ADDED ON: 04/11/2020

Frida Kahlo: The surrealist artist and feminist who owned her adverse life story

04/10/2020 | Hindustan Times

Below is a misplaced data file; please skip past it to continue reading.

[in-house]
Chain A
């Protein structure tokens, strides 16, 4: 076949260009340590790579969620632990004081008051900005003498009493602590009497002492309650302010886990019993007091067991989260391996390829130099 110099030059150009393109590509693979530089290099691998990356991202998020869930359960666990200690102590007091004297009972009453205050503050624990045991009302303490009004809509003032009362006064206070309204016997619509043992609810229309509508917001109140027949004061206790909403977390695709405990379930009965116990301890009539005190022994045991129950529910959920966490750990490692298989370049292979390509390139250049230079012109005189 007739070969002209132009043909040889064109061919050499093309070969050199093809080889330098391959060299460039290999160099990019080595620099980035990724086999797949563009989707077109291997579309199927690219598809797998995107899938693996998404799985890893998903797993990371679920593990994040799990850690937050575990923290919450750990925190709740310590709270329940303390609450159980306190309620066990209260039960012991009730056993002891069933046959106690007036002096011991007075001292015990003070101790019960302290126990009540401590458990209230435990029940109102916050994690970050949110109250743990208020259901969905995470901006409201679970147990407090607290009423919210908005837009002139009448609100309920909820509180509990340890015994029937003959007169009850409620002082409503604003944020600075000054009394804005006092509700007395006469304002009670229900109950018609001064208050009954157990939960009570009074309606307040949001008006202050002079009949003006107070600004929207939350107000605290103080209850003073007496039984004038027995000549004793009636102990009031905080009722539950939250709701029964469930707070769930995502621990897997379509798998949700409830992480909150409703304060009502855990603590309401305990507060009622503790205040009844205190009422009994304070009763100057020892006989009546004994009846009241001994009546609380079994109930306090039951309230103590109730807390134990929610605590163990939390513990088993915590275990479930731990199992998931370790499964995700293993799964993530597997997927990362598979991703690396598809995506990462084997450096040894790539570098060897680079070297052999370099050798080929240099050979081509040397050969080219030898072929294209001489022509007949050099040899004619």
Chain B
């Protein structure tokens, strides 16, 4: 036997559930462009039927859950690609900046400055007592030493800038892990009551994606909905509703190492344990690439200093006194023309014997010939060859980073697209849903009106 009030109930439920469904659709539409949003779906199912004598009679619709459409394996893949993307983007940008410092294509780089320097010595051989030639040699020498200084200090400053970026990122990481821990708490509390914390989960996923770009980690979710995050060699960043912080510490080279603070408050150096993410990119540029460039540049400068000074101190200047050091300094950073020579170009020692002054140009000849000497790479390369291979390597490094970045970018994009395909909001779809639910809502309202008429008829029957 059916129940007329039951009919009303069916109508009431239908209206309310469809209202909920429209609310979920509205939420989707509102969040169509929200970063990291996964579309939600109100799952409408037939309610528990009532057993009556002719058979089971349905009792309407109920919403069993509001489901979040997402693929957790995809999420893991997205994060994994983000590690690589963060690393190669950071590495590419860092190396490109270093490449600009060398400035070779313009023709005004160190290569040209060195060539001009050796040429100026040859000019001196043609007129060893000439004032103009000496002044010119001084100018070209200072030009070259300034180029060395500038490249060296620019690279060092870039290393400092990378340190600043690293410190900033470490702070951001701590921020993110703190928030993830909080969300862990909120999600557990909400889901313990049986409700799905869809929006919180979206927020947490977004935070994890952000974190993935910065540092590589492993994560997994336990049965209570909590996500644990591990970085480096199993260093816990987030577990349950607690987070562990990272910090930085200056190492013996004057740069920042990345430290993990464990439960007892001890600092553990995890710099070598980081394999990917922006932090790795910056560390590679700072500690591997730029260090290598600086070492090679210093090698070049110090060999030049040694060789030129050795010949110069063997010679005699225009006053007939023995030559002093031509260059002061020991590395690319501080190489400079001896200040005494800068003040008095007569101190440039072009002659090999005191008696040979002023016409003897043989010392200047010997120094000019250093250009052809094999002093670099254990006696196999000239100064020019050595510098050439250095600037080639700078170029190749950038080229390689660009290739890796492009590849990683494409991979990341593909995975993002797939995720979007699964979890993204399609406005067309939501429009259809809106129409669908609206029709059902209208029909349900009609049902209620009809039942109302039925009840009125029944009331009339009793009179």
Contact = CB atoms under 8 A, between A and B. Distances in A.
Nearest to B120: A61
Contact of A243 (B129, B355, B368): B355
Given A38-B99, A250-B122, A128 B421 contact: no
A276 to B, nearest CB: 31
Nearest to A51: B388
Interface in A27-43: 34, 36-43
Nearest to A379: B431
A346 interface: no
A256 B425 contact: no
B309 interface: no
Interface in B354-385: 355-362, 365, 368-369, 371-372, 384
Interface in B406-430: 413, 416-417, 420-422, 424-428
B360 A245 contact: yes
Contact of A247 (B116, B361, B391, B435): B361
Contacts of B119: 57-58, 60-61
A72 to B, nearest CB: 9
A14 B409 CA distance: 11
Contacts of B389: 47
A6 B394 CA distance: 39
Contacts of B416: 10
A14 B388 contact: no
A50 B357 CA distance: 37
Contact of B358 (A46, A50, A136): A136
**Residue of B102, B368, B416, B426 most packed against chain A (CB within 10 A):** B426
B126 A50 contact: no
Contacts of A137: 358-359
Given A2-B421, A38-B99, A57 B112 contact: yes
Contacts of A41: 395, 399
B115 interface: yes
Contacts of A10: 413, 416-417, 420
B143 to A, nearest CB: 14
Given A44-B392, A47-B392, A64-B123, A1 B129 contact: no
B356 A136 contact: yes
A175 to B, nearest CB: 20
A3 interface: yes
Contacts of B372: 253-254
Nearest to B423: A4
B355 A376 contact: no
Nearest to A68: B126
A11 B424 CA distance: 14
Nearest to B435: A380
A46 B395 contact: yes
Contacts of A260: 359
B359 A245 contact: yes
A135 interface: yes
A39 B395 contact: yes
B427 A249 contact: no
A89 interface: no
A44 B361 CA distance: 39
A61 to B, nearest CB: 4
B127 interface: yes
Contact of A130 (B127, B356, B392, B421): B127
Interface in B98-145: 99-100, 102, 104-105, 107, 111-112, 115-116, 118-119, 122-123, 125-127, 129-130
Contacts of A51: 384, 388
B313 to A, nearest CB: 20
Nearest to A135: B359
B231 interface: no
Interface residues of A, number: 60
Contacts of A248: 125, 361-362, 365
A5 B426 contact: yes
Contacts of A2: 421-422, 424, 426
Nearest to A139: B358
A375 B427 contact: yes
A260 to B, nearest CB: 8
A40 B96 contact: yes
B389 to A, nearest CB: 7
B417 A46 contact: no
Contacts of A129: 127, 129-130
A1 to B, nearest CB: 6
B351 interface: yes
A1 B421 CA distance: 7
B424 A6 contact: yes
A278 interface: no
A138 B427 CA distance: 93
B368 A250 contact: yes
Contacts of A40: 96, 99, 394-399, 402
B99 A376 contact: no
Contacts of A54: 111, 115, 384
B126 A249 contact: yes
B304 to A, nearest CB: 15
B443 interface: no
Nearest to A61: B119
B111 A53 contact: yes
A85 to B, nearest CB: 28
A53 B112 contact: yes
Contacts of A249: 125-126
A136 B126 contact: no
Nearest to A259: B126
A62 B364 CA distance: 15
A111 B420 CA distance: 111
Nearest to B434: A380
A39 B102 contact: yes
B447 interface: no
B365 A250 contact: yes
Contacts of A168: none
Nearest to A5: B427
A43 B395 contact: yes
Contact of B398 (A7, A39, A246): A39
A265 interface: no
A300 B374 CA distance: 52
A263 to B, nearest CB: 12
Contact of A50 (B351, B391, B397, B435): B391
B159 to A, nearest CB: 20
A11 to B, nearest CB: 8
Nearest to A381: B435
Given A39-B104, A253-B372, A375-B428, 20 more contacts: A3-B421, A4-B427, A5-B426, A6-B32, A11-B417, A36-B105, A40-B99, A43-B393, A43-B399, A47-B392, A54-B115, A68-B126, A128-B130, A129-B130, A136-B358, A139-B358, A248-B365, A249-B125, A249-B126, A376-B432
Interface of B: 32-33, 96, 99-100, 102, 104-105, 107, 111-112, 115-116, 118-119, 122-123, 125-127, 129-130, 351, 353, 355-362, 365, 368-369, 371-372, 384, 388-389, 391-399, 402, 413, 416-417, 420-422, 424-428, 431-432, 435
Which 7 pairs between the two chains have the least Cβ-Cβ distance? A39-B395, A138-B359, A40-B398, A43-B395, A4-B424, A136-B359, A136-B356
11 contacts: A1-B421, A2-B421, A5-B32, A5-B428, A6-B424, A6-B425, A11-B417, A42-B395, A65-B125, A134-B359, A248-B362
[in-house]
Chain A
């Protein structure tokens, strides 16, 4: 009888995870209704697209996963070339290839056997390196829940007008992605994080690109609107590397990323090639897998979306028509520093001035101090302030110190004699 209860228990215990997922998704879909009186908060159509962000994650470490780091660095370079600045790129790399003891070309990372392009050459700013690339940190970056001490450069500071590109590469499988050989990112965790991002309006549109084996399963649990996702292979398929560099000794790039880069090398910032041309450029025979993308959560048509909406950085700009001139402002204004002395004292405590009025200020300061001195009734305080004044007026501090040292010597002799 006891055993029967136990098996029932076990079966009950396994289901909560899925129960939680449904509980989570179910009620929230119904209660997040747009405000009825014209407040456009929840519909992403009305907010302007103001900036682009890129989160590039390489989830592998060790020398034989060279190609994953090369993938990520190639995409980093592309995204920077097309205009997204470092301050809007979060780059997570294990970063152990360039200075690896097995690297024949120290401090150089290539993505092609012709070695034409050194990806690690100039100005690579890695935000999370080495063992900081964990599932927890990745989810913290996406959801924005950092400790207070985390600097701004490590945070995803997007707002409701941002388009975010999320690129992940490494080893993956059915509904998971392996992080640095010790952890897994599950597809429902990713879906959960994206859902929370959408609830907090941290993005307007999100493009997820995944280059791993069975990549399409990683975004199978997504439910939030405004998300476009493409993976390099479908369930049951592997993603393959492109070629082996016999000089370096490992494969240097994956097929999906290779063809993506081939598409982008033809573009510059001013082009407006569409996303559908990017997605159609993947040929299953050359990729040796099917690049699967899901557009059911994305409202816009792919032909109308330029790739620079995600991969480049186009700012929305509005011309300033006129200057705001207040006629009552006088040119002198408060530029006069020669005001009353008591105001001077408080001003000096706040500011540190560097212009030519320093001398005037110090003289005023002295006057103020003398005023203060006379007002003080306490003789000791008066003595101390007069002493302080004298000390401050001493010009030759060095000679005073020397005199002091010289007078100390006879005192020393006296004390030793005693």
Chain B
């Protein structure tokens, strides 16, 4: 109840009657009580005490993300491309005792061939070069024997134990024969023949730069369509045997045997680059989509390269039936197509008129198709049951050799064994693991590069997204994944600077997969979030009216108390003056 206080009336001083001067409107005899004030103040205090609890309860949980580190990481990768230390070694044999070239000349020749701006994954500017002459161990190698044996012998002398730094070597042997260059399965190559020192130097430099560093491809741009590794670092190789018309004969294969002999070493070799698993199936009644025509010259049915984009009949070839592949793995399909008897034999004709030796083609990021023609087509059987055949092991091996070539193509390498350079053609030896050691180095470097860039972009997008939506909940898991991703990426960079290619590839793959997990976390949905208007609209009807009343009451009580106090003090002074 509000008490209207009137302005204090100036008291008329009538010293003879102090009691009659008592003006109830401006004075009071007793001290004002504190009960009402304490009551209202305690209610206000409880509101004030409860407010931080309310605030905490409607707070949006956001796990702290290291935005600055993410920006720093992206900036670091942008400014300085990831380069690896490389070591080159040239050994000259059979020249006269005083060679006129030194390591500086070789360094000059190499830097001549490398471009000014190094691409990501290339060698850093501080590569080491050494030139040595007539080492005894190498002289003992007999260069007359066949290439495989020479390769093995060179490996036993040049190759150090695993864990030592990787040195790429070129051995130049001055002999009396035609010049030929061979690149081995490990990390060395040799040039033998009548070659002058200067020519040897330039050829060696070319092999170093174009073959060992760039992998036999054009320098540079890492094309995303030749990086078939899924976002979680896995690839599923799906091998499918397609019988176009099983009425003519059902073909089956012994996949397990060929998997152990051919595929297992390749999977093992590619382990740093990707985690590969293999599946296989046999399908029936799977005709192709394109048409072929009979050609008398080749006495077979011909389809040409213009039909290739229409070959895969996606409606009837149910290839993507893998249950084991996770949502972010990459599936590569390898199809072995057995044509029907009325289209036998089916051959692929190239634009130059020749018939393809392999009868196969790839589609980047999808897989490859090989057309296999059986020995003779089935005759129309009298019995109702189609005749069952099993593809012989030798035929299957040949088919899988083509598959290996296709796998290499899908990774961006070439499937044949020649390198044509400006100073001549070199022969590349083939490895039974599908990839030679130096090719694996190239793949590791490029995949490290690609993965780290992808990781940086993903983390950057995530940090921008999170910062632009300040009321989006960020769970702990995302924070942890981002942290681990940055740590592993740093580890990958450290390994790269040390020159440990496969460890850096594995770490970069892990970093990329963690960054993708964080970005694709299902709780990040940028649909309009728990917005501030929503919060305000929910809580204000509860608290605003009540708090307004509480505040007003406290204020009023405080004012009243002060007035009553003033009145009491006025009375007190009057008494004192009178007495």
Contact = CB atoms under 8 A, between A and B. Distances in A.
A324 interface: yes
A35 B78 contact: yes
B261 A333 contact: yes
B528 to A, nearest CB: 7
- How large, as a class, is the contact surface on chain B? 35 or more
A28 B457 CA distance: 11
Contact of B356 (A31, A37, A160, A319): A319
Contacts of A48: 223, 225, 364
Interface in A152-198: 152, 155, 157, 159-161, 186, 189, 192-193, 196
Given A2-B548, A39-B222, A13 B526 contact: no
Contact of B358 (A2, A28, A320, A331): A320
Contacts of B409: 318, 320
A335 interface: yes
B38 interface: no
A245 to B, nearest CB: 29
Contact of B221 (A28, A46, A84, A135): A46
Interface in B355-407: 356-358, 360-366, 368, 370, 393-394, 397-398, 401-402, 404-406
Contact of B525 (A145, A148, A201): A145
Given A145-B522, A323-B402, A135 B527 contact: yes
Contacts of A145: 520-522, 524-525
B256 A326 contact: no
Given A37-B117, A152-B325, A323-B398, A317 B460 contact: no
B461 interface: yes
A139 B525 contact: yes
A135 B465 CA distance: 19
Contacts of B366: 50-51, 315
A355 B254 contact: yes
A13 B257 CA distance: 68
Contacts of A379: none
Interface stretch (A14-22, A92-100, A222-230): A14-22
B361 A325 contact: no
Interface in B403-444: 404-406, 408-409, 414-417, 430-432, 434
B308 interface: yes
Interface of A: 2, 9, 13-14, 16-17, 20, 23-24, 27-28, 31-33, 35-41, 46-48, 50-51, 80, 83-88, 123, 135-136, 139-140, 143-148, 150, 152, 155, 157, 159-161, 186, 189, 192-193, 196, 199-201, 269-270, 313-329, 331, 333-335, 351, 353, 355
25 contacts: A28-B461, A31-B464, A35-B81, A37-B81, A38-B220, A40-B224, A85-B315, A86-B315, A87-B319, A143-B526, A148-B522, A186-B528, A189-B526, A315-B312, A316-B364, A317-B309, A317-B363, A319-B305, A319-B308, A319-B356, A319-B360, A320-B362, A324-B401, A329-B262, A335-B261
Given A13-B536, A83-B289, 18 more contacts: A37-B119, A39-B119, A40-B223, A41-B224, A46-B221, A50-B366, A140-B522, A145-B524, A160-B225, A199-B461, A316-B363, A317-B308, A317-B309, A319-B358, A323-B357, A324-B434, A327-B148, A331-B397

A coil of dark braids, usually decorated with a flower crown, a vibrant dress and her signature unibrow, were some of the distinct features that set one of the 20th century’s most celebrated female artists, Frida Kahlo, apart from everyone else. Most of Frida’s adverse life story took place at the Blue House, which became Kahlo’s base in Mexico City, where she passed away in 1954, aged 47. The house-turned-studio, where the feminist and surrealist artist was born, lived and worked, also served as a refuge for the exiled Soviet revolutionary Leon Trotsky, with whom she had a brief affair, said to be a revenge against her husband Diego Rivera’s affair with her sister. Frida’s openness with her sexuality, the fact that she was bisexual, and her gender-bending dress made her an iconic figure in the LGBT community. Her fierce pride in her Mexican roots have also made her a source of pride for Chicanos. The term Fridamania has been used to describe her popularity in pop-culture which nearly overshadows her true life history that has also been explained by art historian Oriana Baddeley in the Tate Modern Frida Kahlo catalogue.


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